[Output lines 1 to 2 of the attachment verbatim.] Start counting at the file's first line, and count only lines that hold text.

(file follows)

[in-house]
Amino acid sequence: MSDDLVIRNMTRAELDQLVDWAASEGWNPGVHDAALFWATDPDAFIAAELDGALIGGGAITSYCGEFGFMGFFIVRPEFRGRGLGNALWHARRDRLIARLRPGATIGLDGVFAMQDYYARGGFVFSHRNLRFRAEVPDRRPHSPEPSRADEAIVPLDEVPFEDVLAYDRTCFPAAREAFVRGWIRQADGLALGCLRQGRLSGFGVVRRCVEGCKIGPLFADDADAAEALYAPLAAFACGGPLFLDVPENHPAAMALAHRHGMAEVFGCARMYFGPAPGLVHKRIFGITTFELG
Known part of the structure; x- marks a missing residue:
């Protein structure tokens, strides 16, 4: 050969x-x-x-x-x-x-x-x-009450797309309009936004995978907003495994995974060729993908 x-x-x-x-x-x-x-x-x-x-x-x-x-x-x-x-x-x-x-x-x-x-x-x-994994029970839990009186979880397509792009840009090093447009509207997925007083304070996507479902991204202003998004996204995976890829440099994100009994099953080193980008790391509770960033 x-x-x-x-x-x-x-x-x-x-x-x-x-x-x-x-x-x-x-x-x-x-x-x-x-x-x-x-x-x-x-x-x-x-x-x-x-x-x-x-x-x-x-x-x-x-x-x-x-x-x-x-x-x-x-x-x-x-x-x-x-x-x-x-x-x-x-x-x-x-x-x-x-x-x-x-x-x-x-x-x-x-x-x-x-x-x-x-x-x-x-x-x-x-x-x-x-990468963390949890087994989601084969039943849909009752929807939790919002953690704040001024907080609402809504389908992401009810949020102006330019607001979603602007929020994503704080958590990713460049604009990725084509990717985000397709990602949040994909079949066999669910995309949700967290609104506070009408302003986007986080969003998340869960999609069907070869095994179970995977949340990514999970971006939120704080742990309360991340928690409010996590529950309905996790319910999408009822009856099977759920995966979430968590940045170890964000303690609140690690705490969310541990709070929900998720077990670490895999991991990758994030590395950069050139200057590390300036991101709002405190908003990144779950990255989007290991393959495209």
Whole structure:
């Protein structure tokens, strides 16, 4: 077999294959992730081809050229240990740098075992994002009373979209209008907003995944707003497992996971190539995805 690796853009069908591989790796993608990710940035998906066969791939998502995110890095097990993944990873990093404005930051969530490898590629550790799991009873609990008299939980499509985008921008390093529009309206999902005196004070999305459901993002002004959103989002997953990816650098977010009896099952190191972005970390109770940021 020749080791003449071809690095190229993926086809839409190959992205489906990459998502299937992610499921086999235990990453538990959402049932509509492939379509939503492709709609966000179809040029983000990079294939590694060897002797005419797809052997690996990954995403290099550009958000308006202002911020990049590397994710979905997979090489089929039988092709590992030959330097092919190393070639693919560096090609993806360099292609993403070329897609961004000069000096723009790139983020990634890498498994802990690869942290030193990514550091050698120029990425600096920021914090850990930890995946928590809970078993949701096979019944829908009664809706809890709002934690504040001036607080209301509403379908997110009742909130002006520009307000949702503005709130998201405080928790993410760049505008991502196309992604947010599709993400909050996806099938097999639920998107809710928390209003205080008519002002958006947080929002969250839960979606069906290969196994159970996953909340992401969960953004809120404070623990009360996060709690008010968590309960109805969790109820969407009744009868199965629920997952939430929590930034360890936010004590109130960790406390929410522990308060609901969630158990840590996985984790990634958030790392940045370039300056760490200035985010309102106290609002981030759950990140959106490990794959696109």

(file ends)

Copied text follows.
[in-house]
Amino acid sequence: MSDDLVIRNMTRAELDQLVDWAASEGWNPGVHDAALFWATDPDAFIAAELDGALIGGGAITSYCGEFGFMGFFIVRPEFRGRGLGNALWHARRDRLIARLRPGATIGLDGVFAMQDYYARGGFVFSHRNLRFRAEVPDRRPHSPEPSRADEAIVPLDEVPFEDVLAYDRTCFPAAREAFVRGWIRQADGLALGCLRQGRLSGFGVVRRCVEGCKIGPLFADDADAAEALYAPLAAFACGGPLFLDVPENHPAAMALAHRHGMAEVFGCARMYFGPAPGLVHKRIFGITTFELG